Like Ed said this morning, you’ll have to wait a few more days for public reaction to be fully priced in.
But that doesn’t mean we can’t end a very good week on a hopeful note.
President Barack Obama’s lead over challenger Mitt Romney has narrowed to just two percentage points since the Republican’s strong performance in their first debate, according to a Reuters/Ipsos poll released on Friday.
In more bad news for Obama, one in five voters said the Democrat’s performance in the contest in Denver on Wednesday made them feel more negative about him and almost a third said they felt more positive about his Republican challenger…
Obama had led Romney by 6 percentage points in the poll released on Wednesday and the edge narrowed to five points – a 48-43 percent lead for Obama – in polling up to Thursday. That was the first including a day of interviews after the meeting in Denver…
More than 9 out of 10 registered voters – 91 percent – said they had seen, heard or read something about the debate, and 54 percent said they thought Romney had done a better job.
He gained three points in just the past 24 hours, in other words, as the news of Wednesday’s win rippled through the electorate. Rasmussen also saw some positive movement last night but says it’ll be Sunday before we know f it’s more than noise. The eeyorish take on all this is that it’s just a bounce, much like O’s post-convention surge, and will be tamped down in due time by today’s, ahem, “good” jobs report, the next debate, etc. The optimistic take — which I share in this case — is that Romney fundamentally changed public perceptions of himself by dominating a sitting president on national TV. The media’s pre-debate portrayal of him as essentially a lost cause was a real threat, especially since big-money donors were nearing the point of deciding whether to give up on the presidency and contribute to congressional races instead. All that’s changed now. Doesn’t mean he’ll be in the lead next week, but he did exactly what he needed to do to give himself a shot at victory.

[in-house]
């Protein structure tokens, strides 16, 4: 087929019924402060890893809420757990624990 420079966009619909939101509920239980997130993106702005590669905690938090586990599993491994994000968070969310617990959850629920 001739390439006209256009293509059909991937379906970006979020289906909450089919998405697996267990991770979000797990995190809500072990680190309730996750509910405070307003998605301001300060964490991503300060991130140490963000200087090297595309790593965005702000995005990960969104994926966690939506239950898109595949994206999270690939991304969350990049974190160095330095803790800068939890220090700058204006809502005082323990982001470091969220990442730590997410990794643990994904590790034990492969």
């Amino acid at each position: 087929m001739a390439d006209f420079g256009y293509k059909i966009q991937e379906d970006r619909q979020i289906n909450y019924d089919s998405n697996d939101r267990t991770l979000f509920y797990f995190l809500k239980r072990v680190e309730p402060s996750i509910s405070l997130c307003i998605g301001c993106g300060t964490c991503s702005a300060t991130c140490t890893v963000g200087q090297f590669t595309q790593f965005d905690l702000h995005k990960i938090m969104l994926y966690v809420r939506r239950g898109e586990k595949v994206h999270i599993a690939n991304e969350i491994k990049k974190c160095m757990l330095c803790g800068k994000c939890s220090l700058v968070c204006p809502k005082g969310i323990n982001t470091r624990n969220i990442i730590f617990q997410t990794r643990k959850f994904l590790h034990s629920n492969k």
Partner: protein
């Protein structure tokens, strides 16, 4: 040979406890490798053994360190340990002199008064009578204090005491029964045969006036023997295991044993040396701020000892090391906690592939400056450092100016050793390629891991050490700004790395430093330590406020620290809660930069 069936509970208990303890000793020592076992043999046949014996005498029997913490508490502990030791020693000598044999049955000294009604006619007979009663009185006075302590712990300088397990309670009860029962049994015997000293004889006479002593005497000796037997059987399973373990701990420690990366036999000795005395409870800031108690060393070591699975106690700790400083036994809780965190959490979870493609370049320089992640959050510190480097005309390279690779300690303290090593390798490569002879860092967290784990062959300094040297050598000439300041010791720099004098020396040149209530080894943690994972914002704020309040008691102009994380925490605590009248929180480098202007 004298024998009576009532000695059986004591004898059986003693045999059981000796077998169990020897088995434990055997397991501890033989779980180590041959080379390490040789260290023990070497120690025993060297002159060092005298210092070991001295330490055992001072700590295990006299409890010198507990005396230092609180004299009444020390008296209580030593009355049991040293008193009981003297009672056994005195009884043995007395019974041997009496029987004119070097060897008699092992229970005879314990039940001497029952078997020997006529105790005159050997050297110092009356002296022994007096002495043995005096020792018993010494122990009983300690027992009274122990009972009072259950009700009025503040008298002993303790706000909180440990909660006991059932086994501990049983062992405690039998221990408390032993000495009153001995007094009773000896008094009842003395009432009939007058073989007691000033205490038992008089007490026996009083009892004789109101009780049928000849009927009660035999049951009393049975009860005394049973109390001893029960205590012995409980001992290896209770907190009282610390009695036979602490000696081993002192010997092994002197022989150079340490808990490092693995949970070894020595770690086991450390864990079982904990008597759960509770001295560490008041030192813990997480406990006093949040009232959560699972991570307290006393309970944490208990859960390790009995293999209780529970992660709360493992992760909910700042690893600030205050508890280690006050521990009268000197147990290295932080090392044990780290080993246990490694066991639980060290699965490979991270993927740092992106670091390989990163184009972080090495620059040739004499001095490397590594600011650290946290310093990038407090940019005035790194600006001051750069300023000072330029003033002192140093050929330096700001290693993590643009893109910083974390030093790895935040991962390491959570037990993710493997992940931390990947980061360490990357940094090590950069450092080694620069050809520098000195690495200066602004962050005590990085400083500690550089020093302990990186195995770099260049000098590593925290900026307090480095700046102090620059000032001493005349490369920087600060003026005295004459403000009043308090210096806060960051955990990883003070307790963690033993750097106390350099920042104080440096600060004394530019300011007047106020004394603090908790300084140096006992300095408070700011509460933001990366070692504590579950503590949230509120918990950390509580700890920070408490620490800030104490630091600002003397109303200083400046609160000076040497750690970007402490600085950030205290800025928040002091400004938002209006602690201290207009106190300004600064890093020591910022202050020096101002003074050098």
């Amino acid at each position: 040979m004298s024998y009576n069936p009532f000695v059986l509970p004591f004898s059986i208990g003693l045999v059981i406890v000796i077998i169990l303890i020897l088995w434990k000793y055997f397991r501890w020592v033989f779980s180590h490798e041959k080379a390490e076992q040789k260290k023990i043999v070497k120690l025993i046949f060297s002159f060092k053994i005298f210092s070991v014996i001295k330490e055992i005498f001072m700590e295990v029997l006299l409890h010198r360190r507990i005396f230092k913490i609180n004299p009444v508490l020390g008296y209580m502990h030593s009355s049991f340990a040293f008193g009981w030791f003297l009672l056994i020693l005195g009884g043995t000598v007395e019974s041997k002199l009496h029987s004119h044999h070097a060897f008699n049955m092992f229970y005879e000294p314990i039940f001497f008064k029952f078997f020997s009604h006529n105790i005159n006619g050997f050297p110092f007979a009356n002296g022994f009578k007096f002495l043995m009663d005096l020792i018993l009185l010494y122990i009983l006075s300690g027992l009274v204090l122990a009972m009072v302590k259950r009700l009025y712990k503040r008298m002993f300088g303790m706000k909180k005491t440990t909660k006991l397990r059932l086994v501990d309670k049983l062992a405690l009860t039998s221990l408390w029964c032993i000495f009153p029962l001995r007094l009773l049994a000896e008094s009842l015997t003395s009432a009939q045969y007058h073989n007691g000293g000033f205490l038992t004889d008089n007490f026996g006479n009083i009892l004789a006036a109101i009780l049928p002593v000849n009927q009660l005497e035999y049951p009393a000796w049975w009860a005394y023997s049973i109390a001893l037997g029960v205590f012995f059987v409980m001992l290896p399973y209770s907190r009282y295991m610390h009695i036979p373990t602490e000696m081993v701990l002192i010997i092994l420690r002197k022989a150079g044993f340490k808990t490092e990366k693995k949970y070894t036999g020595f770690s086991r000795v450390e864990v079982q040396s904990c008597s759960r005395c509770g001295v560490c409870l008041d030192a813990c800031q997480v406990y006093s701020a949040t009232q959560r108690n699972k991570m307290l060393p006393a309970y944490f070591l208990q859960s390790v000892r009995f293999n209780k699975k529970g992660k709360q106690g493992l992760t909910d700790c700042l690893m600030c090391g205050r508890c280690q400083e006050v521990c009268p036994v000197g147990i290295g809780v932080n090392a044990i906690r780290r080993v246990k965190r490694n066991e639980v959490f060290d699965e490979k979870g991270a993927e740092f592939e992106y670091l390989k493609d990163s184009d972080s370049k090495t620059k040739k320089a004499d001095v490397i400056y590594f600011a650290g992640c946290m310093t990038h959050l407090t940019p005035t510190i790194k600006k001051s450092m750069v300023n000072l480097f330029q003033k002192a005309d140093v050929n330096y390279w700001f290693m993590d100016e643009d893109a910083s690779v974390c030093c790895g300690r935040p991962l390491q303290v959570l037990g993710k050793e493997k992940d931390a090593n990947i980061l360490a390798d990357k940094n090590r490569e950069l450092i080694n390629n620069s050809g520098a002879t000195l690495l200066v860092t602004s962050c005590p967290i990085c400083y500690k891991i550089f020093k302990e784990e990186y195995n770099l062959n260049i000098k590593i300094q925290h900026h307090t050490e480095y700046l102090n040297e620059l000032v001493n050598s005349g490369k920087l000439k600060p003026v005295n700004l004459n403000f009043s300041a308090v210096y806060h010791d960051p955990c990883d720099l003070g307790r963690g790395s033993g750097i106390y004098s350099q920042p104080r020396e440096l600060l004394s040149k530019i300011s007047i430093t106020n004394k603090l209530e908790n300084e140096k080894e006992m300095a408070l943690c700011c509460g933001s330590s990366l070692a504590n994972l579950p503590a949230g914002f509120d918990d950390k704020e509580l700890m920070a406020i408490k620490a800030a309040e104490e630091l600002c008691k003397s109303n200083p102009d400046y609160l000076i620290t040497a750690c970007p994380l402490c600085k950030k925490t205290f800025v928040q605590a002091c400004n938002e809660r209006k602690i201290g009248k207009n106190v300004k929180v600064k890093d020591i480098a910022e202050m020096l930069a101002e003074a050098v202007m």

Now then. Want to see a brutal political ad? Behold the power of silence.